Colonel Lind said the prosecution must show evidence that Manning had "reason to believe such information could be used to the injury of the US," by an armed group like Al Qaeda or another nation, Agence France-Presse reported Wednesday.
Prosecutors reportedly are preparing evidence – including testimony from a US Navy SEAL who was one of those involved in the raid that killed Al Qaeda leader Osama bin Laden in May 2011 – to show that the information leaked by Manning was found in Mr. bin Laden’s compound in Abbotttabad, Pakistan, and thus aided a terrorist organization.
As Manning’s pretrial hearing continued Wednesday, Lind ruled against the defense, which had tried to block such testimony on grounds that it would be prejudicial to Manning’s case.
The ruling means prosecutors can call the witness during the "merits," or main, phase of the trial. They otherwise could have used his testimony only for sentencing purposes, according to the Associated Press.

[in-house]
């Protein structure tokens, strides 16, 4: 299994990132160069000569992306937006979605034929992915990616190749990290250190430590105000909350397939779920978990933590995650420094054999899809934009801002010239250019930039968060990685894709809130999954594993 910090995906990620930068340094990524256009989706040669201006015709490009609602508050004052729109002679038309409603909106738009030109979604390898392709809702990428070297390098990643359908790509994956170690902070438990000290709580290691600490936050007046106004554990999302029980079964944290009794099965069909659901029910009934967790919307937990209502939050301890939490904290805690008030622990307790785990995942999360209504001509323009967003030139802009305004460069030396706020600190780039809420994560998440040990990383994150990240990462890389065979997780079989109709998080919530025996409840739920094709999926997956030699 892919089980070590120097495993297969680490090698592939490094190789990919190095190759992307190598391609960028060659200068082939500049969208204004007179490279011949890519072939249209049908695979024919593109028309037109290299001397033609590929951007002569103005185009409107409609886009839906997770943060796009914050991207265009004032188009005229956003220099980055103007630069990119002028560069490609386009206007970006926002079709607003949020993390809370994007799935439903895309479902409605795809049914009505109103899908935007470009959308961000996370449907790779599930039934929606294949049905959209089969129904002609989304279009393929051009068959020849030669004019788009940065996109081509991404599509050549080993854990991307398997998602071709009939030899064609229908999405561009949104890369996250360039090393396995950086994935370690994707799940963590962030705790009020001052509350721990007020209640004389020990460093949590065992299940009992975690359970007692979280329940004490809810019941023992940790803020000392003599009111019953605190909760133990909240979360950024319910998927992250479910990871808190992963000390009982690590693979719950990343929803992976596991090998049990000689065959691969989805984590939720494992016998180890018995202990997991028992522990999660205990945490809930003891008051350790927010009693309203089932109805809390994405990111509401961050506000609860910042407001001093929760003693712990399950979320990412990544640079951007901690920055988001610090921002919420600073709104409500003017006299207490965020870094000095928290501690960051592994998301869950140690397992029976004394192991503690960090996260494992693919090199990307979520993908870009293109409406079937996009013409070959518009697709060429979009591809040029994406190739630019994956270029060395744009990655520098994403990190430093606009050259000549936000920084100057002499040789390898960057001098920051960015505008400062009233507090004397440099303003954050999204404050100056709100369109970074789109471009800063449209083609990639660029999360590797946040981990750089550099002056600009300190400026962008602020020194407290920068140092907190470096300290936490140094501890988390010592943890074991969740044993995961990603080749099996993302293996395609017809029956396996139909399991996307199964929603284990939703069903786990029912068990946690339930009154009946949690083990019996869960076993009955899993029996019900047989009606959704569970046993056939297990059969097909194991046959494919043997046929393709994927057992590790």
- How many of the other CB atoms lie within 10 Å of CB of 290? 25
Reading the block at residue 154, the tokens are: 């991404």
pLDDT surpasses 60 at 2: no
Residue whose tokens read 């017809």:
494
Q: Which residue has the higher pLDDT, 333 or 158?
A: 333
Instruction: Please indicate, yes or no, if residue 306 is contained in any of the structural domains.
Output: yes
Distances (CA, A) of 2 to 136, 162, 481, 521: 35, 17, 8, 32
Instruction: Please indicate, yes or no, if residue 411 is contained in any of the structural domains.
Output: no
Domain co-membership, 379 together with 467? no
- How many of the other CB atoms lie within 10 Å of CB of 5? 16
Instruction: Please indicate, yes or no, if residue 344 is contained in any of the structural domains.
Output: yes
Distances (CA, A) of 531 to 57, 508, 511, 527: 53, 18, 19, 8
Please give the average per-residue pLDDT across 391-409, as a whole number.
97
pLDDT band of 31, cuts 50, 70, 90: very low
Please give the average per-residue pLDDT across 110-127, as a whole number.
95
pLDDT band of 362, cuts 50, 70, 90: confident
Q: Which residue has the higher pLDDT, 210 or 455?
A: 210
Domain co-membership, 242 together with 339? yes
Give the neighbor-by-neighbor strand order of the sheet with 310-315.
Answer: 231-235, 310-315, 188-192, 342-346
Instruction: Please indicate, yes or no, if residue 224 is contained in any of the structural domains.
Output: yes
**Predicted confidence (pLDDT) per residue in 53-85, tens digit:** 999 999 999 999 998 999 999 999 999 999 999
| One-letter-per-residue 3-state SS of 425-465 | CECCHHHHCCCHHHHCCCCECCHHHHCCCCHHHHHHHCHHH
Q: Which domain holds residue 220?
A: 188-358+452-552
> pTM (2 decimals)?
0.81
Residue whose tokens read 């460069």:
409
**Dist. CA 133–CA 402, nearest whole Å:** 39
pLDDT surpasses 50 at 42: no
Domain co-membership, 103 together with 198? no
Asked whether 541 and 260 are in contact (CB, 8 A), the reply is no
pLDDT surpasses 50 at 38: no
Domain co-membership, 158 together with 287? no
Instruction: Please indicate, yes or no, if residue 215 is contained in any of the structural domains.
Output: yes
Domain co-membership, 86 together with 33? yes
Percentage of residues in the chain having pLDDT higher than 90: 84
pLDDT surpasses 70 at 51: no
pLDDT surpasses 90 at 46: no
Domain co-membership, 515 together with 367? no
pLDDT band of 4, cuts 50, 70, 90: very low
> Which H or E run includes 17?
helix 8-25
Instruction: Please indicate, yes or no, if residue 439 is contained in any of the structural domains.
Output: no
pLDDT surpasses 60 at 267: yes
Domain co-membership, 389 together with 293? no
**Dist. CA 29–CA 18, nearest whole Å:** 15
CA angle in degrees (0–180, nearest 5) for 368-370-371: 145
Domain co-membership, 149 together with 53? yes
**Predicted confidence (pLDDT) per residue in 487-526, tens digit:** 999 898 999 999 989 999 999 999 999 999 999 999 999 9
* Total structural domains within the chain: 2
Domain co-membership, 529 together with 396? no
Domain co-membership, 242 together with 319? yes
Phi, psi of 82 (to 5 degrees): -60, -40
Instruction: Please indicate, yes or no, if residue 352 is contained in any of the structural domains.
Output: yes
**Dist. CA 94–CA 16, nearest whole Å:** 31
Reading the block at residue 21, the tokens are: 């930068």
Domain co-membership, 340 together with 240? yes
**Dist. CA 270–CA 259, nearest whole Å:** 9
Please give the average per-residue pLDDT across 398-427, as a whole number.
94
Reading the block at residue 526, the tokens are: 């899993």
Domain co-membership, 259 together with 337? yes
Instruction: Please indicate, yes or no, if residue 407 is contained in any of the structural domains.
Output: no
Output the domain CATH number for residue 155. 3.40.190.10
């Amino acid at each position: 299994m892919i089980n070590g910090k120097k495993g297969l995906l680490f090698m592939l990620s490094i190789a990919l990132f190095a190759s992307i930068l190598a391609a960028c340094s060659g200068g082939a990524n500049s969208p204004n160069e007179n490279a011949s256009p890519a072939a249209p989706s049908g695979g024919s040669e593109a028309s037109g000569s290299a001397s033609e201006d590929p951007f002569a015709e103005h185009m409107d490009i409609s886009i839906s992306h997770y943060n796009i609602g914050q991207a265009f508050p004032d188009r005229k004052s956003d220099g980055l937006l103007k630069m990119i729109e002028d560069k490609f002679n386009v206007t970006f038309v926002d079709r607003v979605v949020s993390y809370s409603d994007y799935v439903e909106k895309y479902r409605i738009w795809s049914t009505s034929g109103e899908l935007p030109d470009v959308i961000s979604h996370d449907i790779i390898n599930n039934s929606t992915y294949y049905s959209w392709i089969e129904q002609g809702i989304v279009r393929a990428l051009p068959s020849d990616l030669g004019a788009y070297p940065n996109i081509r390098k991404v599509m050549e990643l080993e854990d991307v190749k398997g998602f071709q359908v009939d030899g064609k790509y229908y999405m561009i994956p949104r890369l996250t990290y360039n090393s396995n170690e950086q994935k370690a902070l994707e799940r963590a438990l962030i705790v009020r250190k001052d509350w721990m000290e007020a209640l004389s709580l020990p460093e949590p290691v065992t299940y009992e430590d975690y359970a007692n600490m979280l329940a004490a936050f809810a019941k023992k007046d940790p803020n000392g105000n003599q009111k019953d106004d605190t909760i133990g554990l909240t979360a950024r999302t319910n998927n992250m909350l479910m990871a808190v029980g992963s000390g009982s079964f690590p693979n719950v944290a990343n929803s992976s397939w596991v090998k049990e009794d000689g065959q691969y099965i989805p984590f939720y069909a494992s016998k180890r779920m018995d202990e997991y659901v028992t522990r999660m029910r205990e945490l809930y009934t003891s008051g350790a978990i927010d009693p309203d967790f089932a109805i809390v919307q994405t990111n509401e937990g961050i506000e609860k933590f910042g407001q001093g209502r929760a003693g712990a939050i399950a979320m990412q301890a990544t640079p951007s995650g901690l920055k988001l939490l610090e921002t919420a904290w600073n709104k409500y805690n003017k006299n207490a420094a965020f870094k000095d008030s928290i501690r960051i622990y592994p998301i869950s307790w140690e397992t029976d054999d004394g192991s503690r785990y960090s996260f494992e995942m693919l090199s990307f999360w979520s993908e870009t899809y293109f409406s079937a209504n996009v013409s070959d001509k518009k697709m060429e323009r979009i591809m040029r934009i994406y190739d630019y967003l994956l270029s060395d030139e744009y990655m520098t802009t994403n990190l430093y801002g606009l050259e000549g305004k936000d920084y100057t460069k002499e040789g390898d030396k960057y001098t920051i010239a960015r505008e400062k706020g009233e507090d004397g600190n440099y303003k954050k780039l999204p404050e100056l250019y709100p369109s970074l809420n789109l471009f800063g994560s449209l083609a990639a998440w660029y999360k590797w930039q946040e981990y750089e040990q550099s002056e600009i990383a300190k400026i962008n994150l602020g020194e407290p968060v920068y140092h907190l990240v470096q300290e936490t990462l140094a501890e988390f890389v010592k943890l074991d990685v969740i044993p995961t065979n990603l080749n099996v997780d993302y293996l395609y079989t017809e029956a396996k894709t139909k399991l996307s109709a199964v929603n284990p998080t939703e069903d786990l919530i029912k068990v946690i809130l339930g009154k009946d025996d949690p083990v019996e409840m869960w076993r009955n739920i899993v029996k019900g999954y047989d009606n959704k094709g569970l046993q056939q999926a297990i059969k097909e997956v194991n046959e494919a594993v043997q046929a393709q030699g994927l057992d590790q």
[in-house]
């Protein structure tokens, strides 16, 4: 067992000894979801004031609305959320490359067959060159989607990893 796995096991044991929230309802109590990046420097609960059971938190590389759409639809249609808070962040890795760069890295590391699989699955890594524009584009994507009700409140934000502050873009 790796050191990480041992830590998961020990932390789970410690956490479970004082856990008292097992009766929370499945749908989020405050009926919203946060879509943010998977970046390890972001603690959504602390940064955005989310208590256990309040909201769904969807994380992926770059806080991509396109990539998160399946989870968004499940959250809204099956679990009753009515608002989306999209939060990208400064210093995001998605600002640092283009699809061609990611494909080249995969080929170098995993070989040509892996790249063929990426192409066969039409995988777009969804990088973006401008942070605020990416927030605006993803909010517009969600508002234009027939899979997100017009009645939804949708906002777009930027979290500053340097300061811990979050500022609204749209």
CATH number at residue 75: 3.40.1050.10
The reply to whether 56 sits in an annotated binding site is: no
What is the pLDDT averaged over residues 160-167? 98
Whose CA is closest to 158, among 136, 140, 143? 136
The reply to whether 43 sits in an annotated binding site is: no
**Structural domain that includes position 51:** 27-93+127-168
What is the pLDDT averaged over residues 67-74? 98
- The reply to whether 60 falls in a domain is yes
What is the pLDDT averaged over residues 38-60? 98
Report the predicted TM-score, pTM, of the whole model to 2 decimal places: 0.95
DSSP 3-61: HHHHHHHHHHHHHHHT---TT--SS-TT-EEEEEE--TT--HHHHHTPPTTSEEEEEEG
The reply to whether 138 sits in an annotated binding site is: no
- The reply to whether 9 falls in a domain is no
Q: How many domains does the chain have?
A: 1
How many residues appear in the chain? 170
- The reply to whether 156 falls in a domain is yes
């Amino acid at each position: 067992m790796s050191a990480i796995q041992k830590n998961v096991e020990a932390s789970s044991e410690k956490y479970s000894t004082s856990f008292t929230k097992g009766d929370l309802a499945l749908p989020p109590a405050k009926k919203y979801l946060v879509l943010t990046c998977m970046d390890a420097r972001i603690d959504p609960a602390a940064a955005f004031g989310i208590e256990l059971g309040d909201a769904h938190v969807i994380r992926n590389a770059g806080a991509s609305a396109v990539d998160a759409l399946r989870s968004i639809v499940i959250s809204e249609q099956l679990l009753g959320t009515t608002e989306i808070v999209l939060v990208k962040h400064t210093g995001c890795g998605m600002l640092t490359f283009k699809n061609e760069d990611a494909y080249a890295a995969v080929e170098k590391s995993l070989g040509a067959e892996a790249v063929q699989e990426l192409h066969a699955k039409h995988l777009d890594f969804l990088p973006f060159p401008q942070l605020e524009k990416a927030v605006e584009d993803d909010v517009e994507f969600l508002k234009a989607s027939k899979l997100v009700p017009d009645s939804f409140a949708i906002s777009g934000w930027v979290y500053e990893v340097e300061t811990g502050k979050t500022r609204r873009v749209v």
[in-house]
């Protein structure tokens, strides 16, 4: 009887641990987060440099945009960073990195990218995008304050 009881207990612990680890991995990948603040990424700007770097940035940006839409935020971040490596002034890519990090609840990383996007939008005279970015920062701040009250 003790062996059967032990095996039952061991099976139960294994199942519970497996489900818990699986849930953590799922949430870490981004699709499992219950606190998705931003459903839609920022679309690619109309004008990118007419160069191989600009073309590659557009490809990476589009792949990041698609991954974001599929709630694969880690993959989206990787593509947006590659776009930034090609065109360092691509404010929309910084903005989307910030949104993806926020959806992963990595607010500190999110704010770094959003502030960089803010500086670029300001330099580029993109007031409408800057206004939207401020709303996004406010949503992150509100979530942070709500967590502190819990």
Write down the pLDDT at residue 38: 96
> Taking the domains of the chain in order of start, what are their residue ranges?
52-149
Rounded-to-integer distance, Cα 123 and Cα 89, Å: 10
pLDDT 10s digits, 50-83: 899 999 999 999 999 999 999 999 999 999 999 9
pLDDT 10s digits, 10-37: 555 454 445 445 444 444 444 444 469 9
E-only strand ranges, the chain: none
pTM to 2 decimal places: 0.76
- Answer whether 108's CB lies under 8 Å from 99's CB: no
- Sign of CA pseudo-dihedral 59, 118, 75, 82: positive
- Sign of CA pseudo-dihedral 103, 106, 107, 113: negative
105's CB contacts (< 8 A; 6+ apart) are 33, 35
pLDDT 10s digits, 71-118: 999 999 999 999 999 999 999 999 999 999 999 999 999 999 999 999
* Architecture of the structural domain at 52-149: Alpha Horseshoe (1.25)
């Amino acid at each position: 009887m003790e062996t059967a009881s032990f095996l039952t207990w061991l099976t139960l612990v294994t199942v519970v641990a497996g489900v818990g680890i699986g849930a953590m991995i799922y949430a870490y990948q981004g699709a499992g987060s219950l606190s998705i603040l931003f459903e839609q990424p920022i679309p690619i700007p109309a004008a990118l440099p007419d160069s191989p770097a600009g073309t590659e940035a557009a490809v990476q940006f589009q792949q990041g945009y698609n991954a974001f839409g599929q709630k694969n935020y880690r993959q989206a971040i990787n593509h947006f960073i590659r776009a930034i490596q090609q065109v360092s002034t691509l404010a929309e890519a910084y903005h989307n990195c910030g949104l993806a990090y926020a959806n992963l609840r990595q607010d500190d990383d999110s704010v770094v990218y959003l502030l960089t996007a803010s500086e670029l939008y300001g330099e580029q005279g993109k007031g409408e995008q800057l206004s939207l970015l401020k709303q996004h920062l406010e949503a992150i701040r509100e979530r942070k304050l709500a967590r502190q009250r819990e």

The witness has been publicly identified only as "John Doe" and as a Defense Department "operator," a designation given to SEALs. Prosecutors say he participated with SEAL Team Six in their assault on the compound which resulted in the death of bin Laden. Such testimony would help establish a chain of custody for the evidence from its recovery to its analysis by a computer expert.